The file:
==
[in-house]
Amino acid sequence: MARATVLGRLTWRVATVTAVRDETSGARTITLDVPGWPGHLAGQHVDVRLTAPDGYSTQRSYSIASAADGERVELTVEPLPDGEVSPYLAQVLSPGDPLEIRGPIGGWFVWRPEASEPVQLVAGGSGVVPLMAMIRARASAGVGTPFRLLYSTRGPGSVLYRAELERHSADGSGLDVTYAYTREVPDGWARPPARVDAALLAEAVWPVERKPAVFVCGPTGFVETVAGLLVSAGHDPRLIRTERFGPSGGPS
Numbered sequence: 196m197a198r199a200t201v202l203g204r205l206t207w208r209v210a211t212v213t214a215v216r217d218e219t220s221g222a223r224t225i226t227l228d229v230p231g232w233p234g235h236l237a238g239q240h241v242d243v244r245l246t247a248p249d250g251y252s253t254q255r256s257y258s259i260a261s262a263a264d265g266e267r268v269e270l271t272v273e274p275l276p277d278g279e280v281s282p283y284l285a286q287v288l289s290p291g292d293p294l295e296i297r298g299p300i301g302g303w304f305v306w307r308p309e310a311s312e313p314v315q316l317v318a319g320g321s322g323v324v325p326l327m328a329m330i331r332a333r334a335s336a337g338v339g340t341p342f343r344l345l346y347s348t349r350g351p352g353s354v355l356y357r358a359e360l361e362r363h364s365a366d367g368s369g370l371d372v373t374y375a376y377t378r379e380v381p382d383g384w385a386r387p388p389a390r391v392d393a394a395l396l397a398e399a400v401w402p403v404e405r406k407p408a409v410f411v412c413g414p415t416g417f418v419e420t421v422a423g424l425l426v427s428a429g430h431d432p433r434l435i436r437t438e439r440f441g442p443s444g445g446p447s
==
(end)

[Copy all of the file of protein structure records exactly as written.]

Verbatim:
[in-house]
Amino acid sequence: MARATVLGRLTWRVATVTAVRDETSGARTITLDVPGWPGHLAGQHVDVRLTAPDGYSTQRSYSIASAADGERVELTVEPLPDGEVSPYLAQVLSPGDPLEIRGPIGGWFVWRPEASEPVQLVAGGSGVVPLMAMIRARASAGVGTPFRLLYSTRGPGSVLYRAELERHSADGSGLDVTYAYTREVPDGWARPPARVDAALLAEAVWPVERKPAVFVCGPTGFVETVAGLLVSAGHDPRLIRTERFGPSGGPS
Numbered sequence: 196m197a198r199a200t201v202l203g204r205l206t207w208r209v210a211t212v213t214a215v216r217d218e219t220s221g222a223r224t225i226t227l228d229v230p231g232w233p234g235h236l237a238g239q240h241v242d243v244r245l246t247a248p249d250g251y252s253t254q255r256s257y258s259i260a261s262a263a264d265g266e267r268v269e270l271t272v273e274p275l276p277d278g279e280v281s282p283y284l285a286q287v288l289s290p291g292d293p294l295e296i297r298g299p300i301g302g303w304f305v306w307r308p309e310a311s312e313p314v315q316l317v318a319g320g321s322g323v324v325p326l327m328a329m330i331r332a333r334a335s336a337g338v339g340t341p342f343r344l345l346y347s348t349r350g351p352g353s354v355l356y357r358a359e360l361e362r363h364s365a366d367g368s369g370l371d372v373t374y375a376y377t378r379e380v381p382d383g384w385a386r387p388p389a390r391v392d393a394a395l396l397a398e399a400v401w402p403v404e405r406k407p408a409v410f411v412c413g414p415t416g417f418v419e420t421v422a423g424l425l426v427s428a429g430h431d432p433r434l435i436r437t438e439r440f441g442p443s444g445g446p447s